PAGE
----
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Australia demands China apology for ‘repugnant’ Afghan tweet

“The Chinese government should be totally ashamed of this post,” Morrison said. The tweet will diminish China’s global reputation, he said.

By: Bloomberg | November 30, 2020 10:05:36 am
tiktok, scott morrison, tiktok suicide video, australian pm on tiktok, world newsAustralian Prime Minister Scott Morrison (Source: AP)

Australian Prime Minister Scott Morrison said he was seeking an apology from China after a diplomat in Beijing tweeted an image purporting to show an Australian soldier holding a knife to the throat of an Afghan child.

The tweet, posted by Chinese Foreign Ministry spokesman Zhao Lijian, was “repugnant,” Morrison told reporters in Canberra on Monday. The Australian premier said the image was doctored and called for Twitter to remove it.

“The Chinese government should be totally ashamed of this post,” Morrison said. The tweet will diminish China’s global reputation, he said.

Morrison’s calls for an apology further ramps up tensions between the nations, following China’s decision to impose crippling anti-dumping duties on its wine over the weekend. Diplomatic ties have plummeted this year after Australia called for independent investigators to be allowed into Wuhan to probe the origin of the pandemic, leading to a series of trade reprisals.

Australian special forces soldiers serving in Afghanistan were allegedly involved in 39 unlawful killings of prisoners, farmers and other civilians, a government-commissioned report found earlier this month. Following a four-year inquiry, the report found there was credible information that 25 personnel may have been complicit and 36 matters should be referred to police for criminal investigation.

Zhao, who has more than 175,000 followers on the social network banned in China, has a reputation for stirring diplomatic disputes with Twitter posts. In March, he floated a conspiracy theory that the U.S. Army may have had a role in spreading the coronavirus in China, escalating a blame game in which President Donald Trump started referring to the disease as the “Chinese virus.”

In his latest tweet, Zhao said he was “shocked by murder of Afghan civilians & prisoners” by Australian soldiers. “We strongly condemn such acts, & call for holding them accountable,” he said.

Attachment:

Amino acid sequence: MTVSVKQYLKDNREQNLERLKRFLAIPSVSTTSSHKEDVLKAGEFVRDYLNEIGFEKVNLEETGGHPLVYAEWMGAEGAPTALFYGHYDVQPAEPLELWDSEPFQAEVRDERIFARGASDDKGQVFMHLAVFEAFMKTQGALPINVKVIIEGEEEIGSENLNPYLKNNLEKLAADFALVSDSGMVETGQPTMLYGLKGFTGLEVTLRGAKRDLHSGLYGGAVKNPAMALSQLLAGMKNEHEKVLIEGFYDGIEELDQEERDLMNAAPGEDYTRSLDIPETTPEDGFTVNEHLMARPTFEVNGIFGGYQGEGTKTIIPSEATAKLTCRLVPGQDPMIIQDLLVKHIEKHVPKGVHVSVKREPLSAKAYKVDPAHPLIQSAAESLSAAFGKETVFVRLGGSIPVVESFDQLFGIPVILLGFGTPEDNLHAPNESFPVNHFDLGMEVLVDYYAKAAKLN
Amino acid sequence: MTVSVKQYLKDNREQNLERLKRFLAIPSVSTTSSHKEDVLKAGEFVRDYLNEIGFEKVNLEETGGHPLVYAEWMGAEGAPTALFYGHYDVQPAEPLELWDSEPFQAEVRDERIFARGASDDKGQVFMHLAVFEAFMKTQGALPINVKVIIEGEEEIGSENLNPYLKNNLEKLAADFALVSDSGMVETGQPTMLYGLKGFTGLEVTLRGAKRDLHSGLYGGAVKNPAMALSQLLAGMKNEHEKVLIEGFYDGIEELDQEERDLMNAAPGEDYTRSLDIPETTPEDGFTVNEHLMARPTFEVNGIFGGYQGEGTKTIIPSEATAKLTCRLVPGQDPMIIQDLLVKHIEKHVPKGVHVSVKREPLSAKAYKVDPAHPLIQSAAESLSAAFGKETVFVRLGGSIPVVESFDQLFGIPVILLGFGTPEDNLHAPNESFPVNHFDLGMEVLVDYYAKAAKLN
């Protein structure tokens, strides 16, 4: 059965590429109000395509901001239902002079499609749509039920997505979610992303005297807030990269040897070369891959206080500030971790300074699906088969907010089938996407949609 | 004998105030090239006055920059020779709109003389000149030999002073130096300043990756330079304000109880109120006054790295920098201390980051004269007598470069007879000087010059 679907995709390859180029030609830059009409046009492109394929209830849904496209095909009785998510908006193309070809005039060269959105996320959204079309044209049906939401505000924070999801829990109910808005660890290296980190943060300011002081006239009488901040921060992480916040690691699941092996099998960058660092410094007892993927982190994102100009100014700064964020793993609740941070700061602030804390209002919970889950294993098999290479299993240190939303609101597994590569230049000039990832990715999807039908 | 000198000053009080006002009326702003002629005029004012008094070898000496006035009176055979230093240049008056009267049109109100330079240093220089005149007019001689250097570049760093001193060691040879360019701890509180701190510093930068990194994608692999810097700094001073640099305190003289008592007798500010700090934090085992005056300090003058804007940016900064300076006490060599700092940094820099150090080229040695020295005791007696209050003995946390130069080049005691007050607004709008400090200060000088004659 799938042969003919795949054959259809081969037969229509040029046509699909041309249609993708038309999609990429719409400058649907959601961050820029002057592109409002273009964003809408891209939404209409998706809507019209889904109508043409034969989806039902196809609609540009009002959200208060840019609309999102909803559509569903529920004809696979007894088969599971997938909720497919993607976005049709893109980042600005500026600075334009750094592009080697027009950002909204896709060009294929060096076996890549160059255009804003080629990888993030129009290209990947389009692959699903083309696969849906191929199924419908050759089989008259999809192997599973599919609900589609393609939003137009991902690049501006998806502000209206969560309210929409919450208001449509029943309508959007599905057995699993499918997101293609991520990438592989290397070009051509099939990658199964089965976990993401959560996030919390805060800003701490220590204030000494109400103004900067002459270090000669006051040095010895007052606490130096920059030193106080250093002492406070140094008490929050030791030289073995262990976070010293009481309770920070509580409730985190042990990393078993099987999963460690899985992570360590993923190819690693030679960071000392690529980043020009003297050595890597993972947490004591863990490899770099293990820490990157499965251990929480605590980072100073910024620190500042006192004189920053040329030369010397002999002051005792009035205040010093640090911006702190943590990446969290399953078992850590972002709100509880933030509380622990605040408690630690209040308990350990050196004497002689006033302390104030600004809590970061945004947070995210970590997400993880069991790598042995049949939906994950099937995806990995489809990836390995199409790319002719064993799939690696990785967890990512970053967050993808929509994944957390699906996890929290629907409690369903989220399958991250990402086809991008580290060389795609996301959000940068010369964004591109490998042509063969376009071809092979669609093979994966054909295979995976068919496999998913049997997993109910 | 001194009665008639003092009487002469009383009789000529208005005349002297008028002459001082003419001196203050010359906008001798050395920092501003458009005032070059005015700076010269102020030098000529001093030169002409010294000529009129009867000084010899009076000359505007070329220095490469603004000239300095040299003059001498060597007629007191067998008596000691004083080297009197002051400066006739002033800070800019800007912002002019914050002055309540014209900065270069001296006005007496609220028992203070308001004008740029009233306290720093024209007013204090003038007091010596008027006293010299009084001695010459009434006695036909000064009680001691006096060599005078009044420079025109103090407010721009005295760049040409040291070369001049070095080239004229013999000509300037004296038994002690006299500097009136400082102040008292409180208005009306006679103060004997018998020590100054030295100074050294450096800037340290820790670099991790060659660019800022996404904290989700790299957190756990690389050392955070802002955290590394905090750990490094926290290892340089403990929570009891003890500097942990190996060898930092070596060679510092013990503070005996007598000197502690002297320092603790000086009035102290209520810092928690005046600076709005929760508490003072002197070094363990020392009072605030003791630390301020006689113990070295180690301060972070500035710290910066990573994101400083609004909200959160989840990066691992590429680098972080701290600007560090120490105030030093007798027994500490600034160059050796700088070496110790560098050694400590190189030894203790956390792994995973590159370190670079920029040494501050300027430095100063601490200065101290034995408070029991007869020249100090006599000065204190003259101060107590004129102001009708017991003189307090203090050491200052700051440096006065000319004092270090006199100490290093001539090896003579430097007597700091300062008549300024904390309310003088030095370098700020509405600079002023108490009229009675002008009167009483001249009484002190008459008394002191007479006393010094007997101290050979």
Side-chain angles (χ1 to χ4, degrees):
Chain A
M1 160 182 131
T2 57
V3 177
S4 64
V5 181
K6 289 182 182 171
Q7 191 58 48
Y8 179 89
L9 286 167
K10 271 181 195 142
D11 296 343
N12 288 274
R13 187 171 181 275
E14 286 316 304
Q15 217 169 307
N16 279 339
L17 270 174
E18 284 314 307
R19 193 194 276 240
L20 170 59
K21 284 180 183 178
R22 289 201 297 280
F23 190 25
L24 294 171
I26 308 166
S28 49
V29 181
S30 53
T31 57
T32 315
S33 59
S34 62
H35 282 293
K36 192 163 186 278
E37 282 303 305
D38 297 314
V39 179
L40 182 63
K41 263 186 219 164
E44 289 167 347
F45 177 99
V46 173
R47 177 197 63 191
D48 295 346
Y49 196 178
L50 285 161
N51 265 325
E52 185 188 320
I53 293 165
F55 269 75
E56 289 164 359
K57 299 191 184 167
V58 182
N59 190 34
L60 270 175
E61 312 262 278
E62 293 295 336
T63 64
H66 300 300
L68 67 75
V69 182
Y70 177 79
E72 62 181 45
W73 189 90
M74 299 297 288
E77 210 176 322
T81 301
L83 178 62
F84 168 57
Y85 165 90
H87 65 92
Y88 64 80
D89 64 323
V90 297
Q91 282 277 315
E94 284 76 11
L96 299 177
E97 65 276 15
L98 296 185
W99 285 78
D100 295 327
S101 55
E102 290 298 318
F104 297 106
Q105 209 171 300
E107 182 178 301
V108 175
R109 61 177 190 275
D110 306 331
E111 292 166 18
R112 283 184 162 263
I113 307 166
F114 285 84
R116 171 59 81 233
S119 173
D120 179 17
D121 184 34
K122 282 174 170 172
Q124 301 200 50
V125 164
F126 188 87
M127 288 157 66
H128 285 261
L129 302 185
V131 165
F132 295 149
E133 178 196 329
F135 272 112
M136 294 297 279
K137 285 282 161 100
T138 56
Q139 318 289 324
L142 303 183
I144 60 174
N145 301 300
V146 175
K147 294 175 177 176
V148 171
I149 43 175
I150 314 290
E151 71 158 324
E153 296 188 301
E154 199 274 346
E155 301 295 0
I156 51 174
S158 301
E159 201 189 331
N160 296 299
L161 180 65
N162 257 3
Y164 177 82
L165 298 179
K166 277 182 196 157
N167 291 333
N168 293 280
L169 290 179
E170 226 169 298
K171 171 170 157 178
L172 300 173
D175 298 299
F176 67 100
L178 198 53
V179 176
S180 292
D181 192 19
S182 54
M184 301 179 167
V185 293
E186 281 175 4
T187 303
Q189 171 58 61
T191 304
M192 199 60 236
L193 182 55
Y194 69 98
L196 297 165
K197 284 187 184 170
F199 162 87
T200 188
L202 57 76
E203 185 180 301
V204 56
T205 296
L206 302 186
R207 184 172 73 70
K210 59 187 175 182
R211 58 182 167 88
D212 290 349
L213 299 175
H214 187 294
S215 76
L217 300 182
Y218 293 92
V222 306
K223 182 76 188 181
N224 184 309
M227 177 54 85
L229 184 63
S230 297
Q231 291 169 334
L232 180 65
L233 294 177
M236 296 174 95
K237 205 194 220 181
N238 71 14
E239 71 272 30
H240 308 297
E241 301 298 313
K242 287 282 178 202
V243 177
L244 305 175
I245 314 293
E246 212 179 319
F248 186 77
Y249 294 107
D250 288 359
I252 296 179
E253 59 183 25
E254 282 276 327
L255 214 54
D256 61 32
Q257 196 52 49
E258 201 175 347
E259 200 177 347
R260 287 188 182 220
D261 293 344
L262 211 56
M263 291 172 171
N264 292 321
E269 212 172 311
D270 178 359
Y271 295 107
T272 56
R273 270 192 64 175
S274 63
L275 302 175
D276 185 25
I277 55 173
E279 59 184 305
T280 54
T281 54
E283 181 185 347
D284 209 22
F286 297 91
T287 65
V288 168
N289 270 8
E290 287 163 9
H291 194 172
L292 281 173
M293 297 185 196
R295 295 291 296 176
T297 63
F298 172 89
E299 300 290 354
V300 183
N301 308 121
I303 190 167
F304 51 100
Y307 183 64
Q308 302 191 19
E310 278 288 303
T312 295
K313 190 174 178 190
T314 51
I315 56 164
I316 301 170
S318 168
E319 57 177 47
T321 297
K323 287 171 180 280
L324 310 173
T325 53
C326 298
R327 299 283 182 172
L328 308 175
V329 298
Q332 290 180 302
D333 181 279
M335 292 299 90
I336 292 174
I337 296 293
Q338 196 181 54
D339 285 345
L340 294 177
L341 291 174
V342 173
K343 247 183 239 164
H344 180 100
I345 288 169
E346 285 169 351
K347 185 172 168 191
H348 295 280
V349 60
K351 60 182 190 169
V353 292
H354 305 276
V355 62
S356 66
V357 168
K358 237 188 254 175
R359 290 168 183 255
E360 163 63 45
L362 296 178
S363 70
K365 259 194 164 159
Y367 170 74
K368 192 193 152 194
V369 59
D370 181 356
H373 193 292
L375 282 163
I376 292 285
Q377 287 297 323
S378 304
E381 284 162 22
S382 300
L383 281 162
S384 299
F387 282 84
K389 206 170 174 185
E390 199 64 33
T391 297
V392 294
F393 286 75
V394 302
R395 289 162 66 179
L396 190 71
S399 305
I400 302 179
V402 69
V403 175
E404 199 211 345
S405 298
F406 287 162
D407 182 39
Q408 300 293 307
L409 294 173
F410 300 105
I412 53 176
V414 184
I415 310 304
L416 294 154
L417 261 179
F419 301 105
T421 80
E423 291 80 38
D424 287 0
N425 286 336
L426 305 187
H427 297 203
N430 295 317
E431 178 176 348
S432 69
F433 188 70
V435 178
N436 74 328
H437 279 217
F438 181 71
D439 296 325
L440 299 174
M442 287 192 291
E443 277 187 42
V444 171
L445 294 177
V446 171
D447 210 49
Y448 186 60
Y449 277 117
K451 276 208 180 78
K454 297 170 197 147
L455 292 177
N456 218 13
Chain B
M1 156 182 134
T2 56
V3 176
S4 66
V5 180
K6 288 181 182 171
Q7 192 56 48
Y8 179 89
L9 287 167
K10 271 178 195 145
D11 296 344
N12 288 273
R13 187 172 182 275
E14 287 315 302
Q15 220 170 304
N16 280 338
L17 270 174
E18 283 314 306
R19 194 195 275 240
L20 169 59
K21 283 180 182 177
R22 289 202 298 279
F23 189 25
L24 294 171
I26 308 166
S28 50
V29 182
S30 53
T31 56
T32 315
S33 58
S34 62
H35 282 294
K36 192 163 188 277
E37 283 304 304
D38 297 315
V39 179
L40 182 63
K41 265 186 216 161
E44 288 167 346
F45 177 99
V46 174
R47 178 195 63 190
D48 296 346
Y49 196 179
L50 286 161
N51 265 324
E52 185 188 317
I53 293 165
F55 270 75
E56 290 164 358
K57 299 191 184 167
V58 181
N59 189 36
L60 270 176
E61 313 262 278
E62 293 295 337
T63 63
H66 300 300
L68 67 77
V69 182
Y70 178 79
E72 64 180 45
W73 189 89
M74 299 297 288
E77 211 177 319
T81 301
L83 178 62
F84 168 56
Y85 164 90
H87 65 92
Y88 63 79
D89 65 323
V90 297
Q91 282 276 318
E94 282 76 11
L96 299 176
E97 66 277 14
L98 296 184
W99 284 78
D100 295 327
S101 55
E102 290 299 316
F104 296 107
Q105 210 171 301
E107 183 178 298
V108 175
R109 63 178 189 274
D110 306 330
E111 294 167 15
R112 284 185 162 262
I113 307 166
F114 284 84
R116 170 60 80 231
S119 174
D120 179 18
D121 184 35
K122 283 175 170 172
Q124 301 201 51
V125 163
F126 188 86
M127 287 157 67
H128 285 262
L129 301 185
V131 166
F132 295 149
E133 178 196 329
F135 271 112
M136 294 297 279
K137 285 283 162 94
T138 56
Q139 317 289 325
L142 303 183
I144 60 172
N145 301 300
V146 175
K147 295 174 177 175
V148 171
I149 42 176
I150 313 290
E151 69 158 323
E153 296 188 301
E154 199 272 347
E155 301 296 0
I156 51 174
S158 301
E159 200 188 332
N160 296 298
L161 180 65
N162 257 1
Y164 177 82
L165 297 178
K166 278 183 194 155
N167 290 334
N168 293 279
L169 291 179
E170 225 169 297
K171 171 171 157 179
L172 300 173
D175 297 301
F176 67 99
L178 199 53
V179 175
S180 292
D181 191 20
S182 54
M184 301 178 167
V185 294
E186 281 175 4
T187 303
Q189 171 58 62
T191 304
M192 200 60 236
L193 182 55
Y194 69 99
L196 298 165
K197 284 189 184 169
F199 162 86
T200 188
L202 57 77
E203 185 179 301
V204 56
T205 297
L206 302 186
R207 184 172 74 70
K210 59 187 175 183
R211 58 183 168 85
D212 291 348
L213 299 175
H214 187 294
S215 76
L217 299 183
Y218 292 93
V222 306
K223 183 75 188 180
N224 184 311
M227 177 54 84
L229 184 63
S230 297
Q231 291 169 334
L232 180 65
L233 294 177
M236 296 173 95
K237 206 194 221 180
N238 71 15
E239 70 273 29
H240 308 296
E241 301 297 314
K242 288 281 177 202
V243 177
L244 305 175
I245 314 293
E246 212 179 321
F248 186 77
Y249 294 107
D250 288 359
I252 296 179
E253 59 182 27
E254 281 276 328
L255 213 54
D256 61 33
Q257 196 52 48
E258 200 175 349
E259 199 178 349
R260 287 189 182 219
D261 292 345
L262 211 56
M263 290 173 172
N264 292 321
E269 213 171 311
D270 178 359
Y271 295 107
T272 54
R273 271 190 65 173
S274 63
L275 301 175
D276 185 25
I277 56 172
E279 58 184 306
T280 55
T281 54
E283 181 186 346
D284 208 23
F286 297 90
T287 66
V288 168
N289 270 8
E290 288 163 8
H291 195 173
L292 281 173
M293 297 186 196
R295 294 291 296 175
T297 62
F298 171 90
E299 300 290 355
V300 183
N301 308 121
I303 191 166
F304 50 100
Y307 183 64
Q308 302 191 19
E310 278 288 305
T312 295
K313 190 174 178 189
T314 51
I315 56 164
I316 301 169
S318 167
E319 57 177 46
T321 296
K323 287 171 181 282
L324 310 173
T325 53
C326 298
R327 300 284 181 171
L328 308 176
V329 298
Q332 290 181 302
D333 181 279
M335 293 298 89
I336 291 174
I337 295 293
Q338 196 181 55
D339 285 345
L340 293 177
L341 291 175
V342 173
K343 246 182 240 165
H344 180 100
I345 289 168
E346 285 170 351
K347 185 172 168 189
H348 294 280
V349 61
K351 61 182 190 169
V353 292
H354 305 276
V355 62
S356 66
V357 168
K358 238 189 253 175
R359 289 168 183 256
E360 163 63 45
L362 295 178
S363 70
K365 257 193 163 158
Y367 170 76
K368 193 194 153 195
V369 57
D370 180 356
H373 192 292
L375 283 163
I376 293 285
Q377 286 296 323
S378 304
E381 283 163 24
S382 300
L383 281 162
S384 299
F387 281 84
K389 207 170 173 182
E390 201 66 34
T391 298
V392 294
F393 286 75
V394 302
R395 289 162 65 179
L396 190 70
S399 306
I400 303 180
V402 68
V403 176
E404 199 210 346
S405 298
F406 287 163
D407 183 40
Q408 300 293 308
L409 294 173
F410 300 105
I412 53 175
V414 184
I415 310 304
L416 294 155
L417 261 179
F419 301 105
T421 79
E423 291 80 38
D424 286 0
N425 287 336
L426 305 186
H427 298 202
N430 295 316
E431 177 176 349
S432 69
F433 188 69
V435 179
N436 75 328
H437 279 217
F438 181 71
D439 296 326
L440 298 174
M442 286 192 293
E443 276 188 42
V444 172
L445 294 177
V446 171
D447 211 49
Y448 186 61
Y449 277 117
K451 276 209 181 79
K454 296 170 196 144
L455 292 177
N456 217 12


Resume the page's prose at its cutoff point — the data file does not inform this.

The tweet includes an image that purports to show a soldier standing on the Australian flag and holding a bloody knife to the throat of a child clutching a lamb. The child’s face is covered with a blue cloth. The text beneath the photo reads: “Don’t be afraid, we are coming to bring you peace!”

Zhao is closely associated with “Wolf Warrior” diplomacy, a more confrontational approach named after a nationalistic Chinese action film series of the same name. The Wolf Warriors have come to the fore amid debates about China’s early efforts to contain the coronavirus and policies to suppress human rights in places like Hong Kong and the predominately Muslim region of Xinjiang.

Australia is the world’s most China-dependent developed economy and finalized a free-trade agreement with Beijing in 2015. Relations have been fraught since 2018, when Canberra barred Huawei Technologies Co. from building its 5G network.

Ties went into free-fall earlier this year after Canberra’s call for the virus probe, a move that bruised China’s pride and unleashed a torrent of criticism that Australia is a puppet of the U.S. China has accused Australia of souring bilateral ties by interfering in its internal affairs, including criticism of Hong Kong’s national security legislation and the internment of Uighurs, a Muslim ethnic group living in Xinjiang.

“There are undoubtedly tensions that exist between China and Australia, but this is not how you deal with them,” Morrison said of the tweet.

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